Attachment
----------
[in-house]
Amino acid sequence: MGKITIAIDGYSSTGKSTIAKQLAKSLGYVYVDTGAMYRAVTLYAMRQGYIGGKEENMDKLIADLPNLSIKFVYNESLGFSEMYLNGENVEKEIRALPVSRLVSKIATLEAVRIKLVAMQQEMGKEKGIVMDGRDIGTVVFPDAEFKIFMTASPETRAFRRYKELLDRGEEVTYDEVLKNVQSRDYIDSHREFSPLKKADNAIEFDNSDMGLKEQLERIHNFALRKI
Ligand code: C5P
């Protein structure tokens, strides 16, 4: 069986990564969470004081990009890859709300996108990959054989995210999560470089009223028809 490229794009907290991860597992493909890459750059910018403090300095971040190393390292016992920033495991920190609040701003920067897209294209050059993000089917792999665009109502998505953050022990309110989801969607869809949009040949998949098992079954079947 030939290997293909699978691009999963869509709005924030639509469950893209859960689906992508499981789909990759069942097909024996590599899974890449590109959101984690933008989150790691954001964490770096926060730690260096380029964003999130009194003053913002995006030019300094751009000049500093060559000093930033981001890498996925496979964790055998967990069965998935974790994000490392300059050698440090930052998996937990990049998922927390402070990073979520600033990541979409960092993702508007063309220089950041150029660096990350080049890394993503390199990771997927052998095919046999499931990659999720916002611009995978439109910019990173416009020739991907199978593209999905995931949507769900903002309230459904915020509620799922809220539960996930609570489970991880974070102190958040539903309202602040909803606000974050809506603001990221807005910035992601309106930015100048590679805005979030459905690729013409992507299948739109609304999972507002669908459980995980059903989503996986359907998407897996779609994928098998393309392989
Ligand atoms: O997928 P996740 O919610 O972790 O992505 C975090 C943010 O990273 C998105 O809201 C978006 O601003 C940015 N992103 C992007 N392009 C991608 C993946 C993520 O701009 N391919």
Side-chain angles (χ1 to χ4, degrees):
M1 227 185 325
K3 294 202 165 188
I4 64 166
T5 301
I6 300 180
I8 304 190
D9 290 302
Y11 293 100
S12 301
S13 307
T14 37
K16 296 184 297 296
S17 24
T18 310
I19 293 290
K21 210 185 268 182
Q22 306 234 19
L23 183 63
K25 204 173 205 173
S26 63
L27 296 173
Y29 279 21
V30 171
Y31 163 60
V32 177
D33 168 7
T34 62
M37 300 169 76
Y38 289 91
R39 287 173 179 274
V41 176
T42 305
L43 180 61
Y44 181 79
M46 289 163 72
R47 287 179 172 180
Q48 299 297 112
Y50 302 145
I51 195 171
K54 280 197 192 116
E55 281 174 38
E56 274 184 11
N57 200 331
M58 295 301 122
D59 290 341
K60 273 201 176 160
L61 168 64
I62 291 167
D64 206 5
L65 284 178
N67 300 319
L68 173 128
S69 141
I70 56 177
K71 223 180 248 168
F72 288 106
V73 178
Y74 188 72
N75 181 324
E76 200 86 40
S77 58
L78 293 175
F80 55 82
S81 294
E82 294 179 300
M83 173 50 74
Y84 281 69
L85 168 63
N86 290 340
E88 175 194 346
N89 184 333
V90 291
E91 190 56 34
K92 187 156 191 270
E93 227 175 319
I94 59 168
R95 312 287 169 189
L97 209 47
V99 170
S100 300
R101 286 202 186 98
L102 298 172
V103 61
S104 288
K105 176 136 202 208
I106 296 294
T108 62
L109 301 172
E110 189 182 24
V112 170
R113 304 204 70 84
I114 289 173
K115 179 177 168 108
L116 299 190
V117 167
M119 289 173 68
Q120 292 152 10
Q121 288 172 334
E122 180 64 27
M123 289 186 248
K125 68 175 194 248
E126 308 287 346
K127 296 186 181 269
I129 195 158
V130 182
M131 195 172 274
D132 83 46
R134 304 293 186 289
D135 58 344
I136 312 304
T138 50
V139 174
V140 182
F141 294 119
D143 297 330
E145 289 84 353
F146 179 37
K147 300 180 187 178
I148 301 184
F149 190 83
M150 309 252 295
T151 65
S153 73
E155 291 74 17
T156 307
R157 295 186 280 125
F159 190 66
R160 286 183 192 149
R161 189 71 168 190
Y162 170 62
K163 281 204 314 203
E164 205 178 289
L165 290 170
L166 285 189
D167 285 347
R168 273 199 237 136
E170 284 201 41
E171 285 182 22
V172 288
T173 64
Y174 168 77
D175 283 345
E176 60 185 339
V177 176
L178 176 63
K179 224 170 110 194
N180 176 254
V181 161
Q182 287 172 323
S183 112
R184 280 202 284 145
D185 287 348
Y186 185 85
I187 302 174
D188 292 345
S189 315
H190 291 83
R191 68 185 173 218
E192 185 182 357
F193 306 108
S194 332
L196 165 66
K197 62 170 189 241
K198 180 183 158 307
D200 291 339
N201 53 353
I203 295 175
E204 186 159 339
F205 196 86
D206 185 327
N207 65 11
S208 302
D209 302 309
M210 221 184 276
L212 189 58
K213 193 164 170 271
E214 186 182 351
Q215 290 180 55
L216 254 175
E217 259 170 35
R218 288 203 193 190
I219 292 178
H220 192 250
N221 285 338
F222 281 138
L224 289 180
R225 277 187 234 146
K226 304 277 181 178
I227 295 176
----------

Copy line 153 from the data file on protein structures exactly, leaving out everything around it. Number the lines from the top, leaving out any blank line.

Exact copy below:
N180 176 254